A dream-inspired piece leads the way at O-T-O's
'Soaring Into Spring' show
Dargan, a leading didgeridoo musician, never learned of his Aboriginal
roots until the age of 22.
Adopted as a child, Dargan says, "I was raised on Australia's East
Coast, in Queensland. I grew up there, not knowing about my past. The
government wouldn't allow adopted children to get information about their
parents. I didn't know I was part Aborigine."
But when that law changed, Dargan headed for North Australia, the
ancestral homeland of the Larrakia Nation. He was able to reunite with his
birth relatives, and they gave him more than the gift of a second family:
His newfound grandmother and great-uncle introduced him to the didgeridoo,
the "cultural instrument" of his people.
"I fell in love with it," says Dargan, who had trained on the trumpet
since the age of 8. "I've been playing it now for 12 years."
This weekend, Dargan, for the first time, combines his didgeridoo music
with modern dance, in a collaborative concert at Stevie Eller Dance
Theatre with Tucson's O-T-O Dance. Native Australians never developed a
skin drum, he says, thus the didgeridoo is the percussive instrument for
Aboriginal traditional dance. Paired with the more deliberate movements of
modern dance, Dargan says, "It's going to be great!"
The Aussie came to the United States to compose music for a play in
Boulder, Colo., and when he ducked over to a Native American flute
festival in New Mexico last summer, he met up with O-T-O's Annie Bunker
and Chuck Koesters. The three tossed around ideas for a didgeridoo dance,
but it was not until four weeks later, when Bunker had a portentous dream,
that the deal was sealed.
"In the dream, I was walking out the back door" (of the Sonoran Desert
home she shares with her husband, Koesters), Bunker relates. "A
rattlesnake was curled there. It started morphing into another shape. I
In the dream, Koesters--as well as a dream Dargan--began running toward
her. By the time all three converged, the snake had transformed itself
into a lizard. "We looked at it, each other and the sky."
When Bunkers woke up, Dargan happened to call by phone, and he told her
that it was the lizard of Aboriginal dreamtime.
"We had met in dreamtime," Bunkers says, "and we decided to do the
Dargan will play his didgeridoo live during the six-part dance,
tentatively titled "From Water to Air." His videos of the Australian
landscape will serve as a moving backdrop for the 15 dancers on stage and
in the air.
Bunker's choreography has both floor work and trapeze, including
fragments from a trapeze work-in-progress that O-T-O's six apprentices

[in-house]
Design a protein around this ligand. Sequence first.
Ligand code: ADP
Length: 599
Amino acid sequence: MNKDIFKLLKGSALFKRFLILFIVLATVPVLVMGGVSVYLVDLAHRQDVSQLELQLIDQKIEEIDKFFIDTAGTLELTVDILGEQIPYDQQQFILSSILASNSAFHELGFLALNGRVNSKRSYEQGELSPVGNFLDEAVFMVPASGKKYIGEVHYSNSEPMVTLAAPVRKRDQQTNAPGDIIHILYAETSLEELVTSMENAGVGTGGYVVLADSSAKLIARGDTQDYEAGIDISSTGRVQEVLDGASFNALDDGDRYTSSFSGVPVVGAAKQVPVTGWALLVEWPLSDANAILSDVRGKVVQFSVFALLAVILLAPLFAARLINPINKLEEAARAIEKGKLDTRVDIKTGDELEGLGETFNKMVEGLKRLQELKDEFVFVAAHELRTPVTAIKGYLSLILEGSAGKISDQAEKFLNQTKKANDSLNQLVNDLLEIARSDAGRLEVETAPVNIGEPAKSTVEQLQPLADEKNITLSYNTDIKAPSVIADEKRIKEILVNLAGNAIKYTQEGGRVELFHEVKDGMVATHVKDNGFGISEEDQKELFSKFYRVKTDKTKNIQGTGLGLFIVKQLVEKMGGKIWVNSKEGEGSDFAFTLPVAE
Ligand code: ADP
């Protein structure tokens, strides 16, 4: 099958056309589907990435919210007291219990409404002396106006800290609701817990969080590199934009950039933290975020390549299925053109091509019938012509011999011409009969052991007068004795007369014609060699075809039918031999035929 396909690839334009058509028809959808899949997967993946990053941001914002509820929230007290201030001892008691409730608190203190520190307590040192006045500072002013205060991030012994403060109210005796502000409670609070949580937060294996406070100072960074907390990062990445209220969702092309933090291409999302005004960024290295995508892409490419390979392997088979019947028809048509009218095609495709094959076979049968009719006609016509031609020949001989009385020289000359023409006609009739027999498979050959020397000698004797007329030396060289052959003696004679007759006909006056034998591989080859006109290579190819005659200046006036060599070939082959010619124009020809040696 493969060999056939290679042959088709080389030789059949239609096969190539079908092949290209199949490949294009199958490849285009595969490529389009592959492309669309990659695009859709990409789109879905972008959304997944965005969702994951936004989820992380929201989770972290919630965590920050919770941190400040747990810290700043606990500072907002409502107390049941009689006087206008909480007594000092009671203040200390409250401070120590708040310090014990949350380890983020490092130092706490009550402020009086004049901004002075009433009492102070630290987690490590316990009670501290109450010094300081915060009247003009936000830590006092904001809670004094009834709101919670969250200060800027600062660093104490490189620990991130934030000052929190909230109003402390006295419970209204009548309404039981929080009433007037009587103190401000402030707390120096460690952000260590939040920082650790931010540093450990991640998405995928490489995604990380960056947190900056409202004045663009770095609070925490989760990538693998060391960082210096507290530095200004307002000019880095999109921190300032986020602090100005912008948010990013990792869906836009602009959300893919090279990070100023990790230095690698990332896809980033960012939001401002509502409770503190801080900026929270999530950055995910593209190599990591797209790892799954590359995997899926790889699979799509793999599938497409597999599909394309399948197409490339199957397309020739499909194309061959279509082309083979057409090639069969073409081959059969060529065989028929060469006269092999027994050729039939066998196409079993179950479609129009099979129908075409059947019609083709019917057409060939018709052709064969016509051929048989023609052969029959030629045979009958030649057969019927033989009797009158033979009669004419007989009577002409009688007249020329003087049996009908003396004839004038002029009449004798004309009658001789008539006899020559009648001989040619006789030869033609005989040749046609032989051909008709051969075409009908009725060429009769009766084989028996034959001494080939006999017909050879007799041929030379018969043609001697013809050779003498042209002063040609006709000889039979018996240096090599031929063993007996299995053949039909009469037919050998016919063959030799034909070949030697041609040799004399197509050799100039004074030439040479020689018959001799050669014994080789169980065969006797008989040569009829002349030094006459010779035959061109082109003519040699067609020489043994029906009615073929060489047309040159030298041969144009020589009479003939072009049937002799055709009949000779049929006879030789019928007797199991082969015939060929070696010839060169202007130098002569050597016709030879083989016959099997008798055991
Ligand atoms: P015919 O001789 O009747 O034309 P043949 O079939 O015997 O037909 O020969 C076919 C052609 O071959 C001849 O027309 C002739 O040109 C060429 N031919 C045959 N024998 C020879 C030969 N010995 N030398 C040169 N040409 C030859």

performed at a January show. The inspirational lizard appears in one
section, called appropriately enough, "Lizard of the Dreaming," but much
of the dance's imagery comes from the landscape. It moves from still water
to earth rocks to fast water to lighting, cloud and sky, Bunker says.
The 30-minute premiere will be the finale of a concert filled with live
music, including Native American flute and Japanese drums. Evren Ozan, a
young American Indian flutist whom Bunker and Koesters also met at the
festival, will play again for "Traveler," a lyrical collaborative work the
company debuted in November. Also choreographed by Bunker, that 12-minute
dance, a celebration of human-horse love, combines dance on the floor and
a backdrop of Koester videos.
Karen Falkenstrom and Rome Hamner, the local Japanese drumming duo
otherwise known as Odaiko Sonora, play the Taiko drums for another Bunker
premiere, "Crossing Over."
"I do an aerial solo with the flying box," Bunker reports. "I'm a
person going through death. The other four characters are the specters of
death." O-T-Oers Amy Barr, Batyah Morales Freedman, Lindsay Spilker and
Nicole Stansbury join Bunker for the six-minute dance of opposites, an
exploration of "white/black, slow/fast, yin-yang, tension/release."
Stansbury also showcases two pieces of her own choreography, a duet
that debuted in the January O-T-O show, and "Grey Matter," a quintet about
relationships danced to the soundscore from the movie The Royal
In "Semaphore," local poets Charles Alexander and Falkenstrom will
continue the humorous verbal jousting they started at the January concert,
and Bunker will once again slither on the floor between the dueling poets,
bag on her head. In keeping with the spirit of the season--and the Irish
Riverdancers high-stepping at Centennial Hall at the other end of
campus--guest choreographer Thom Lewis of FUNHOUSE movement theater stages
his comic dance, "Closet Irish."
"I saw it in a FUNHOUSE show several years ago and I really liked it,"
Bunker says. "I hadn't thought about it being near St. Patrick's Day."
O-T-O's Katie Rutterer, Lindsay Compitello, Freedman and Stansbury put
on the green and leap lightly on a set suited up as an Irish bar.
O-T-O modern dance concert
UA's Steve Eller
8 p.m. Friday and Saturday, March 5 and 6; 2 p.m. Sunday,
Advance tickets, $12 general $10 students at
Books, 411 N. Fourth Ave.
Bentley's, 1730 E. Speedway
Silverbell Trading, 7007 N. Oracle Road
$2 more day of
624-3799 or http://www.orts.org/